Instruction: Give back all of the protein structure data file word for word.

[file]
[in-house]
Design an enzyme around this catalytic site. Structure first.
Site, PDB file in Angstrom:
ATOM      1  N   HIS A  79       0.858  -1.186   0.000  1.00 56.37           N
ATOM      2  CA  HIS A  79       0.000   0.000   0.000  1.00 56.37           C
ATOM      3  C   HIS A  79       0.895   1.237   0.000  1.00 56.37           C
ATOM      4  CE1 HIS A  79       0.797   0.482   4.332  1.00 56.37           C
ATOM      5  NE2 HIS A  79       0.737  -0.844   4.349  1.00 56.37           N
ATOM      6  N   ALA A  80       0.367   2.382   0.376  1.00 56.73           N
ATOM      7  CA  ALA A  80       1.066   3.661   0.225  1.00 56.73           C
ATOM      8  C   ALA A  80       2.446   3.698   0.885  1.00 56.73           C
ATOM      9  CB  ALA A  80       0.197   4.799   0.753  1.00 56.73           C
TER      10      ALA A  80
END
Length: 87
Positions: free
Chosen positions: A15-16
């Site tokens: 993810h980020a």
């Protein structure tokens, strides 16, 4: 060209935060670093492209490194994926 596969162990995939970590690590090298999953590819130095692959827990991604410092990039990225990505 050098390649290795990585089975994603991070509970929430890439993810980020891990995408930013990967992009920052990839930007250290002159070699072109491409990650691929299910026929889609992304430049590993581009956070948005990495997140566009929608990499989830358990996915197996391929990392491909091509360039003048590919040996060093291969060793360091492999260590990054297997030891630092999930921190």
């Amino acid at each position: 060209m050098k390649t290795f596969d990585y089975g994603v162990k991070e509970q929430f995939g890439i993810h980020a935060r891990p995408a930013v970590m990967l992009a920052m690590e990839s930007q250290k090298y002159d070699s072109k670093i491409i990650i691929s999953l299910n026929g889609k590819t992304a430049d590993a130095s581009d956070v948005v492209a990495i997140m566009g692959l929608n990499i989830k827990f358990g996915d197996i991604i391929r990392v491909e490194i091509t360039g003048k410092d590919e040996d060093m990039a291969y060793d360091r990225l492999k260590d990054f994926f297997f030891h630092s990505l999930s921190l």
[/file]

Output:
[in-house]
Design an enzyme around this catalytic site. Structure first.
Site, PDB file in Angstrom:
ATOM      1  N   HIS A  79       0.858  -1.186   0.000  1.00 56.37           N
ATOM      2  CA  HIS A  79       0.000   0.000   0.000  1.00 56.37           C
ATOM      3  C   HIS A  79       0.895   1.237   0.000  1.00 56.37           C
ATOM      4  CE1 HIS A  79       0.797   0.482   4.332  1.00 56.37           C
ATOM      5  NE2 HIS A  79       0.737  -0.844   4.349  1.00 56.37           N
ATOM      6  N   ALA A  80       0.367   2.382   0.376  1.00 56.73           N
ATOM      7  CA  ALA A  80       1.066   3.661   0.225  1.00 56.73           C
ATOM      8  C   ALA A  80       2.446   3.698   0.885  1.00 56.73           C
ATOM      9  CB  ALA A  80       0.197   4.799   0.753  1.00 56.73           C
TER      10      ALA A  80
END
Length: 87
Positions: free
Chosen positions: A15-16
């Site tokens: 993810h980020a």
């Protein structure tokens, strides 16, 4: 060209935060670093492209490194994926 596969162990995939970590690590090298999953590819130095692959827990991604410092990039990225990505 050098390649290795990585089975994603991070509970929430890439993810980020891990995408930013990967992009920052990839930007250290002159070699072109491409990650691929299910026929889609992304430049590993581009956070948005990495997140566009929608990499989830358990996915197996391929990392491909091509360039003048590919040996060093291969060793360091492999260590990054297997030891630092999930921190």
């Amino acid at each position: 060209m050098k390649t290795f596969d990585y089975g994603v162990k991070e509970q929430f995939g890439i993810h980020a935060r891990p995408a930013v970590m990967l992009a920052m690590e990839s930007q250290k090298y002159d070699s072109k670093i491409i990650i691929s999953l299910n026929g889609k590819t992304a430049d590993a130095s581009d956070v948005v492209a990495i997140m566009g692959l929608n990499i989830k827990f358990g996915d197996i991604i391929r990392v491909e490194i091509t360039g003048k410092d590919e040996d060093m990039a291969y060793d360091r990225l492999k260590d990054f994926f297997f030891h630092s990505l999930s921190l």